Downtown Minneapolis seeing a rebound, leaders say

Minneapolis seems to be taking steps forward when it comes to the state of its downtown.

The Downtown Council celebrated the progress at their annual meeting on Wednesday, which brought together companies and groups that have a real stake in the downtown area. There was definitely a positive vibe, which of course is good news after a couple of pretty rough years.

With the height of the pandemic pain now behind us, this time around there were things to celebrate when looking back over the last year. Most importantly, people are downtown once again.

"People complain to me all the time that they can't get their coffee as fast as they used to and I sympathize, but deep inside I'm like, 'Yes, that's exactly what we want,'" said Downtown Council CEO Steve Kramer.

Companies are bringing back their employees; 63.9% returned to the office in 2022, which is up 56% from 2021.

The mayor is clearly hoping those numbers increase. "Bring your people back and get them to remember all of the extraordinary things we love about our city that maybe you've forgotten over the last couple of years when you're sitting at home watching Netflix on your couch," said Mayor Jacob Frey. "All of those things are still here."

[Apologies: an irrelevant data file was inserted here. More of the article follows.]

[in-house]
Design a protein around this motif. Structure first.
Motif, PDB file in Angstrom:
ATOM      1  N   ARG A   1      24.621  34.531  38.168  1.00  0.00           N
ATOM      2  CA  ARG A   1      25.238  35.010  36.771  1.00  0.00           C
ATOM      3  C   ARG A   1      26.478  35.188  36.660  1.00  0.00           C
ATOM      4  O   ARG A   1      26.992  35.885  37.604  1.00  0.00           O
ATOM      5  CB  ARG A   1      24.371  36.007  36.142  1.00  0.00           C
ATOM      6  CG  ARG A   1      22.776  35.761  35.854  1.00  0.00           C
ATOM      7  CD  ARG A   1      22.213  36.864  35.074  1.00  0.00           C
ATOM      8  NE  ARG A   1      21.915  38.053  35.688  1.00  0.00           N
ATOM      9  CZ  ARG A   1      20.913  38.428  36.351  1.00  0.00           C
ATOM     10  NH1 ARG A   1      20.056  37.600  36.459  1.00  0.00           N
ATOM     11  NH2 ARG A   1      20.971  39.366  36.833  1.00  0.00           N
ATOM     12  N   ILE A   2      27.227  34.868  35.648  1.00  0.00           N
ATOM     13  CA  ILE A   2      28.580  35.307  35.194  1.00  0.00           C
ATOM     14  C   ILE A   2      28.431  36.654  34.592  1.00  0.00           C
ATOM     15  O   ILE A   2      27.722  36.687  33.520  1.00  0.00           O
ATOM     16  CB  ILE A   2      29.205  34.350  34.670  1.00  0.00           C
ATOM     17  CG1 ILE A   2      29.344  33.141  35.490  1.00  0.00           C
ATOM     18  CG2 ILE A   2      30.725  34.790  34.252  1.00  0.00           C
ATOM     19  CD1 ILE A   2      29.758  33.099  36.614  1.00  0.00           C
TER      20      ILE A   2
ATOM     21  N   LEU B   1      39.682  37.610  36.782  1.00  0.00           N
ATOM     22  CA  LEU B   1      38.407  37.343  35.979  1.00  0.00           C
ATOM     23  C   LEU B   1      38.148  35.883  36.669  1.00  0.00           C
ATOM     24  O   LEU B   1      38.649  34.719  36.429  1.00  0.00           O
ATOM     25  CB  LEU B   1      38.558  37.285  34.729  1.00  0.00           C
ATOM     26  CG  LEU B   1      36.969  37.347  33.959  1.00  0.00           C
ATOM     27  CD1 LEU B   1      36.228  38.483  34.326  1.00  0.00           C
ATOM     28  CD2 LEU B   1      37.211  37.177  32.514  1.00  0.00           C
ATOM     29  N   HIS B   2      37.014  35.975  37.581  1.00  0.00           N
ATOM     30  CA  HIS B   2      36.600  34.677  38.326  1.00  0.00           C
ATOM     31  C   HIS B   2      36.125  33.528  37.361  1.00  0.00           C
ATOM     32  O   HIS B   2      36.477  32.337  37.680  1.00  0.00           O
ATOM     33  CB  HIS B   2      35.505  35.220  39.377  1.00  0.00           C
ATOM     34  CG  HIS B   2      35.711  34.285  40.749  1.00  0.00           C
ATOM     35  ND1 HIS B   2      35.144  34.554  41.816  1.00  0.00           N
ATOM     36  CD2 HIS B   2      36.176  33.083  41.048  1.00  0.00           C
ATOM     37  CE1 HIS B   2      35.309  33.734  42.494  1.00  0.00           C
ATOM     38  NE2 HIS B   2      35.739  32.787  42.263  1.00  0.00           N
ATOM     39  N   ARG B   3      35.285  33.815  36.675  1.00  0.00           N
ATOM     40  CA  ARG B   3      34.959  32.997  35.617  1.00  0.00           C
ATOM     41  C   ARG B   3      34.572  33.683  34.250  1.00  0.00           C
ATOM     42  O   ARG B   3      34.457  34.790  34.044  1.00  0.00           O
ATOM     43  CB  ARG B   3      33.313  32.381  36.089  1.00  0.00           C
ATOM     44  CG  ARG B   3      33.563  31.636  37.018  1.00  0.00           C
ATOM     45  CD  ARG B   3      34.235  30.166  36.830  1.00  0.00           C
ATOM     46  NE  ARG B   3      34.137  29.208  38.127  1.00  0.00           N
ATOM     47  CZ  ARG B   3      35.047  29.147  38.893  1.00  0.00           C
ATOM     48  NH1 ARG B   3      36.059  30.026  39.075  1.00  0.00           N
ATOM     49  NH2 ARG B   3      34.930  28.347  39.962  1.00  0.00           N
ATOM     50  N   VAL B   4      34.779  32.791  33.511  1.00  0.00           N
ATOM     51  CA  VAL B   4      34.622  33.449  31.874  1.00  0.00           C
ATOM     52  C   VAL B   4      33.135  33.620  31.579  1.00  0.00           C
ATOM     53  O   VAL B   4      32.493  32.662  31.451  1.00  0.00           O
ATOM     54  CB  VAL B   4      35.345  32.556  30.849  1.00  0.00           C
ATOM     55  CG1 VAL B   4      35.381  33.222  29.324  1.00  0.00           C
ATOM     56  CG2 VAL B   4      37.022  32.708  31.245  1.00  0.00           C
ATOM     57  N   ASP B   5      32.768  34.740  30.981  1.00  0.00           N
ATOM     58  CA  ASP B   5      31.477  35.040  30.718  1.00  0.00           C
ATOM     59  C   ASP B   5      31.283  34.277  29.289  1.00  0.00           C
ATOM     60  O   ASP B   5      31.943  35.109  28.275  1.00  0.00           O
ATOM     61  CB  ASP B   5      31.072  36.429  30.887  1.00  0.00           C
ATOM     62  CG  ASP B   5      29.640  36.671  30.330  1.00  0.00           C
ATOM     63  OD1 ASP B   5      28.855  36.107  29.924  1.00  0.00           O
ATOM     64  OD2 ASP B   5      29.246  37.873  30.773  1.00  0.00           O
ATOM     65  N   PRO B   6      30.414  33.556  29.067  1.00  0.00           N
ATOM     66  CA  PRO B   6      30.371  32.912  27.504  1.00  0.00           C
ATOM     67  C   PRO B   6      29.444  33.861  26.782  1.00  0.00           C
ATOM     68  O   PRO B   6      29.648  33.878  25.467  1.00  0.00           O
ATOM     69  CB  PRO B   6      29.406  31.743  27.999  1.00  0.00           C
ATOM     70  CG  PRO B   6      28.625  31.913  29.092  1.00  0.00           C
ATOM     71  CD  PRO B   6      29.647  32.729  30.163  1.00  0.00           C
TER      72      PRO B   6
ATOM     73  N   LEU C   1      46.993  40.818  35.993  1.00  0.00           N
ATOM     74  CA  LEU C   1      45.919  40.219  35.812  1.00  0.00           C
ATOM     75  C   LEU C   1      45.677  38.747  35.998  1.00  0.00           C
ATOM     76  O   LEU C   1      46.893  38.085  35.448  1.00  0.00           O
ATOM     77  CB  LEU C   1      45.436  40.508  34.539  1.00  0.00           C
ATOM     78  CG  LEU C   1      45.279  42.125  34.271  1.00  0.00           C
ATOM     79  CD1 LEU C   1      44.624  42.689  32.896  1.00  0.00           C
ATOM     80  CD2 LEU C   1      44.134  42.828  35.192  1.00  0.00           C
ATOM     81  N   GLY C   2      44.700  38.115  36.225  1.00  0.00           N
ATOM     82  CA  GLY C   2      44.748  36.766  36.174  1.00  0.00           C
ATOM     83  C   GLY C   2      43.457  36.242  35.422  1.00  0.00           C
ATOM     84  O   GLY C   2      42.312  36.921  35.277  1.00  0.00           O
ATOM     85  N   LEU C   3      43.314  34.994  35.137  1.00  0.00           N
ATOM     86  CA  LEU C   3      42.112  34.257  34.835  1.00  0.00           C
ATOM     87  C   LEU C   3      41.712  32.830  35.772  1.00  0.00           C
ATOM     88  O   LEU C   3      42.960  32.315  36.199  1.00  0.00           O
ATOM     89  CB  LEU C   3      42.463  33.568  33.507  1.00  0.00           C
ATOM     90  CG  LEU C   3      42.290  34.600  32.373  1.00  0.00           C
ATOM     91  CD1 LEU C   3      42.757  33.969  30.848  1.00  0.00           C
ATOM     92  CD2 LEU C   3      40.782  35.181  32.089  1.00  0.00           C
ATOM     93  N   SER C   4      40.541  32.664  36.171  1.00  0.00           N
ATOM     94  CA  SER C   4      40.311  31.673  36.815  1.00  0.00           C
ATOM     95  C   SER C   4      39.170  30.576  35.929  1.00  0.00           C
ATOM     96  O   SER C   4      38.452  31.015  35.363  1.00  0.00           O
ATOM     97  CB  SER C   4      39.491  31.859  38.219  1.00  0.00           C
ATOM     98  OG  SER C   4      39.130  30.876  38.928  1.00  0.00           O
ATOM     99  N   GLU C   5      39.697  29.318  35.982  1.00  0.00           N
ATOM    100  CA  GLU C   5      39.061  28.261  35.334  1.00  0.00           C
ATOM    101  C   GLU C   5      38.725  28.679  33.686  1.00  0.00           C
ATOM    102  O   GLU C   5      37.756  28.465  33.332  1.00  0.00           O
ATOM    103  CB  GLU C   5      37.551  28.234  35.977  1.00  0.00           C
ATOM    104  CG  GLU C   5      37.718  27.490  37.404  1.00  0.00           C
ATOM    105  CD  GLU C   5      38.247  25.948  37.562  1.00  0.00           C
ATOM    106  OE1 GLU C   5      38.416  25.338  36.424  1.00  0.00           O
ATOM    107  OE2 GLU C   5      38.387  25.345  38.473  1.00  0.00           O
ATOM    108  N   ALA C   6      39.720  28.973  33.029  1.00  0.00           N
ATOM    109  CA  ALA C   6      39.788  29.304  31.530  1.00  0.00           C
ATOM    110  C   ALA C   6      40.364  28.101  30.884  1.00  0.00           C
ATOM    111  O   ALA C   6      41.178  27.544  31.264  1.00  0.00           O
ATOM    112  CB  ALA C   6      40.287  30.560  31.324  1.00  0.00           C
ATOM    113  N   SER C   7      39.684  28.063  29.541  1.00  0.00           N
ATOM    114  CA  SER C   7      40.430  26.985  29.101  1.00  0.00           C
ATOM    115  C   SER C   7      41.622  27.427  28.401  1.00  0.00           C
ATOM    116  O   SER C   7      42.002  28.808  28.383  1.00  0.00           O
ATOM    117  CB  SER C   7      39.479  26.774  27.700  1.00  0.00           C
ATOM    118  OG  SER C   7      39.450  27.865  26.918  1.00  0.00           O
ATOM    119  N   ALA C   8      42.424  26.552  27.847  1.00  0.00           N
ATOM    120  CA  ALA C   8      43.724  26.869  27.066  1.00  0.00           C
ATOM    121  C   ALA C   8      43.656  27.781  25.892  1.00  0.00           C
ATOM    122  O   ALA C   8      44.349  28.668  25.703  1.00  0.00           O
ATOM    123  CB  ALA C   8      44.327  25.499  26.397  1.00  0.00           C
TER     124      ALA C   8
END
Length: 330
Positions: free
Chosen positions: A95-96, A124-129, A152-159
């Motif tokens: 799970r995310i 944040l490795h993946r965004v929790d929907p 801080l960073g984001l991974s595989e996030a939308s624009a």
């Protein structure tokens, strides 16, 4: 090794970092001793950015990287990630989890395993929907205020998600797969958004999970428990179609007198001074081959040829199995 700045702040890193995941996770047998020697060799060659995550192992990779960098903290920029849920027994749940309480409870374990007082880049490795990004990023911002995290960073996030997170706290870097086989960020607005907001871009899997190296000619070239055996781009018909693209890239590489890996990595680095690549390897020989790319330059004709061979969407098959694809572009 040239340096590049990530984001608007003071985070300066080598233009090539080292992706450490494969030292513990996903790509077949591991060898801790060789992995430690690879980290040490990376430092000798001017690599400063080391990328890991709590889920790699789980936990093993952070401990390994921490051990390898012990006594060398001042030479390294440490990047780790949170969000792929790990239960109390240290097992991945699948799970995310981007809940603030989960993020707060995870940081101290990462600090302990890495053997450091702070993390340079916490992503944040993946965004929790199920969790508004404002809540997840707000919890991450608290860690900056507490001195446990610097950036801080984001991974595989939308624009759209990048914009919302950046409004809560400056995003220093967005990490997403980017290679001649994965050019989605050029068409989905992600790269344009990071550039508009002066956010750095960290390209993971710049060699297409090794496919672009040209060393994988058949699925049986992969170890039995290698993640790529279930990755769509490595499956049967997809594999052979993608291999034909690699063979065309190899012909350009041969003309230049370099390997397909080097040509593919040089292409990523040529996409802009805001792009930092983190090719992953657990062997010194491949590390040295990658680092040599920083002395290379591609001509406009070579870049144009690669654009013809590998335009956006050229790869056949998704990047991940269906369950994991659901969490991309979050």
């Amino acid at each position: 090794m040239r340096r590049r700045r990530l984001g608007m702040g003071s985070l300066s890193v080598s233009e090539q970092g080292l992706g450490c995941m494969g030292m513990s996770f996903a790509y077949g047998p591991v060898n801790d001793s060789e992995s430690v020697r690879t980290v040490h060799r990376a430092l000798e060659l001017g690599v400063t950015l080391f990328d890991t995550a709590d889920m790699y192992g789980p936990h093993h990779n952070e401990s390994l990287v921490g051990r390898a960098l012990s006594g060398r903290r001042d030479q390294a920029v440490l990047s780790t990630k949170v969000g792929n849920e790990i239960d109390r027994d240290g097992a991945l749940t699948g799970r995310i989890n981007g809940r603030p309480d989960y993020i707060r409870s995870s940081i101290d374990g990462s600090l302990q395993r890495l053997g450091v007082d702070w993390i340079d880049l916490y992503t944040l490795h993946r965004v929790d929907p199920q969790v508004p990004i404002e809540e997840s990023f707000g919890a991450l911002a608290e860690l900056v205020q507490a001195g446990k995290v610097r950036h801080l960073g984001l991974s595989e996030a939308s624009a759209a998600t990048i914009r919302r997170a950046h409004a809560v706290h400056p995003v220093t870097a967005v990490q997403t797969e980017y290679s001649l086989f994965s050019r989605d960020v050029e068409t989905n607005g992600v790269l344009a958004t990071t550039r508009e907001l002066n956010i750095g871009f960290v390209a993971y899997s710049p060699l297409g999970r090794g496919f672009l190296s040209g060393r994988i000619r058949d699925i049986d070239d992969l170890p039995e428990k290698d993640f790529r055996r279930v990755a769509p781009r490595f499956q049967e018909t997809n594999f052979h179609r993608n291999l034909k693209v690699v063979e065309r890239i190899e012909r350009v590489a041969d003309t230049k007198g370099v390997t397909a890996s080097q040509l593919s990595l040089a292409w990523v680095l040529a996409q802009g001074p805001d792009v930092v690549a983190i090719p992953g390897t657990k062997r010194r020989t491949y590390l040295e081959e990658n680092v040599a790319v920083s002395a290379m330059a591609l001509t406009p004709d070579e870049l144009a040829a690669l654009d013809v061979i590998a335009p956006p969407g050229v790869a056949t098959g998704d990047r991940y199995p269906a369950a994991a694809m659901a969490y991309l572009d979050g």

The number of visitors downtown is on the upswing, officials say, with more positive experiences than in years past.

"Nearly 80% of residents who went to downtown in the fall of 2022 described it as more vibrant than their last visit," said Leah Wong with the Downtown Council.

There are some noted things to work on, including retail vacancies, which lead to an increase in storefront vacancies.

"There's no doubt that we've had our valleys, but there's been great hope and momentum in the last several months. The return of public safety is very tangible," said outgoing MDC and Downtown Improvement District Board Chair Mike Ryan.

On that note, violent crime is down, and downtown leaders are crediting the Minneapolis Police Department's Operation Endeavor.